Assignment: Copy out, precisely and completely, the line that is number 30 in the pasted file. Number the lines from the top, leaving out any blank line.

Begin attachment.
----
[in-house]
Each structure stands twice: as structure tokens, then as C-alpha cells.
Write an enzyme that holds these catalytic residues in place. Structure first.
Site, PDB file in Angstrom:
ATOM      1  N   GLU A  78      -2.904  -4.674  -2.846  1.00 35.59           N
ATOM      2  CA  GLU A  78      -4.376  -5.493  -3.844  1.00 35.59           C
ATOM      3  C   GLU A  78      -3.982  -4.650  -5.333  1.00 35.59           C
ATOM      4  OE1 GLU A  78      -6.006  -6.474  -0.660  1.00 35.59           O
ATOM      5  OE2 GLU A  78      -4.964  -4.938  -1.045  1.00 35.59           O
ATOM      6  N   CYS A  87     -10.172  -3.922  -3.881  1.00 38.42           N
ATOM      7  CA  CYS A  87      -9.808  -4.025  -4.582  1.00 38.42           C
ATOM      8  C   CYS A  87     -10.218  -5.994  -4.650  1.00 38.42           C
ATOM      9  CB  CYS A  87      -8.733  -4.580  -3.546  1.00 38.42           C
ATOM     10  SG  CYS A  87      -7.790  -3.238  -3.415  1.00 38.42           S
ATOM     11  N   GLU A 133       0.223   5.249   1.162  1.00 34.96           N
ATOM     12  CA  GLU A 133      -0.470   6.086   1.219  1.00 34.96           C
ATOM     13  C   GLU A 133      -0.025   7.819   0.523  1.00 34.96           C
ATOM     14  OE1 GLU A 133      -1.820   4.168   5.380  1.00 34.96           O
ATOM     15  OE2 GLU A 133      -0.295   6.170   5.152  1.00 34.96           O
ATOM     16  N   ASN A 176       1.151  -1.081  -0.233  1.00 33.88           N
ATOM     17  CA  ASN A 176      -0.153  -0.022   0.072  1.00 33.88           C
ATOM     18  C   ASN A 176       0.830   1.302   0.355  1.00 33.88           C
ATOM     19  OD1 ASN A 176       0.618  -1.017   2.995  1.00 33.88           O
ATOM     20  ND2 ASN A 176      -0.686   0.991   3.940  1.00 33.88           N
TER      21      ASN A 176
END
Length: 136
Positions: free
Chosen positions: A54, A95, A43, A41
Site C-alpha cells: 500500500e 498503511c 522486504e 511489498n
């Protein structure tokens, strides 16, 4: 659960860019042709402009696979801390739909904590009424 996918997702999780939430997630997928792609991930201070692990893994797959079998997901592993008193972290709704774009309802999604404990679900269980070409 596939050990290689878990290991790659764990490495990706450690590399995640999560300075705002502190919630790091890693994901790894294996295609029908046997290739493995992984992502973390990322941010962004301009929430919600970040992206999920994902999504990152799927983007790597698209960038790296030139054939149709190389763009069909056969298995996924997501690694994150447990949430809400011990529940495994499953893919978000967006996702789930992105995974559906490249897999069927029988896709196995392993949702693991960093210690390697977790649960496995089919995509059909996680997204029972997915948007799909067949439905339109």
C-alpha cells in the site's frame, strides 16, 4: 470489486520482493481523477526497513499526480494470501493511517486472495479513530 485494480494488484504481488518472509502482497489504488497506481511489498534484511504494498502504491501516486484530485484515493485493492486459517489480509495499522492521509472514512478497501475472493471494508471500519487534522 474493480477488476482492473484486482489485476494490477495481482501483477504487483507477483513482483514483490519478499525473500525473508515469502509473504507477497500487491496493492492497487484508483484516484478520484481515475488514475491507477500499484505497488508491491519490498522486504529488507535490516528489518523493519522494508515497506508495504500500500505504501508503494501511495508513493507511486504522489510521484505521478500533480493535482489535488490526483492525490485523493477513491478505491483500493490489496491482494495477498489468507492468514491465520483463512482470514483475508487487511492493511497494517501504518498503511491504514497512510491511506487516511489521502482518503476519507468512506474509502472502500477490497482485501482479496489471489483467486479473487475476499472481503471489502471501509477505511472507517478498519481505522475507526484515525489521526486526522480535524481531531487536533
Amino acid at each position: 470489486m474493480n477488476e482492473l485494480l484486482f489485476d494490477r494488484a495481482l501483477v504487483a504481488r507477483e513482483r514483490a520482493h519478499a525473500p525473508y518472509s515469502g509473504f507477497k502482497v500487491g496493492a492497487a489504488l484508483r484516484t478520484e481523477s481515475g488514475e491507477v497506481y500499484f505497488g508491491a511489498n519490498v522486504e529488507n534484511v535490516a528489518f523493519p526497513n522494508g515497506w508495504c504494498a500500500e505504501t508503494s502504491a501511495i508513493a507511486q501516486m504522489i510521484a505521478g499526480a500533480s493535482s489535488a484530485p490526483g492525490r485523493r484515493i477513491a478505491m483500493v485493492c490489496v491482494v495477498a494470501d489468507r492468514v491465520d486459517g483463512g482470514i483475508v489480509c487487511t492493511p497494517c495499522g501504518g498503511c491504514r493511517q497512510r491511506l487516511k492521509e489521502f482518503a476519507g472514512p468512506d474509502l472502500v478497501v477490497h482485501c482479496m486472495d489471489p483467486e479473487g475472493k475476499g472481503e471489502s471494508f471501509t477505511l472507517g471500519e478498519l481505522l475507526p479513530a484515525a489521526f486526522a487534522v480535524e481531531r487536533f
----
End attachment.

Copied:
Site C-alpha cells: 500500500e 498503511c 522486504e 511489498n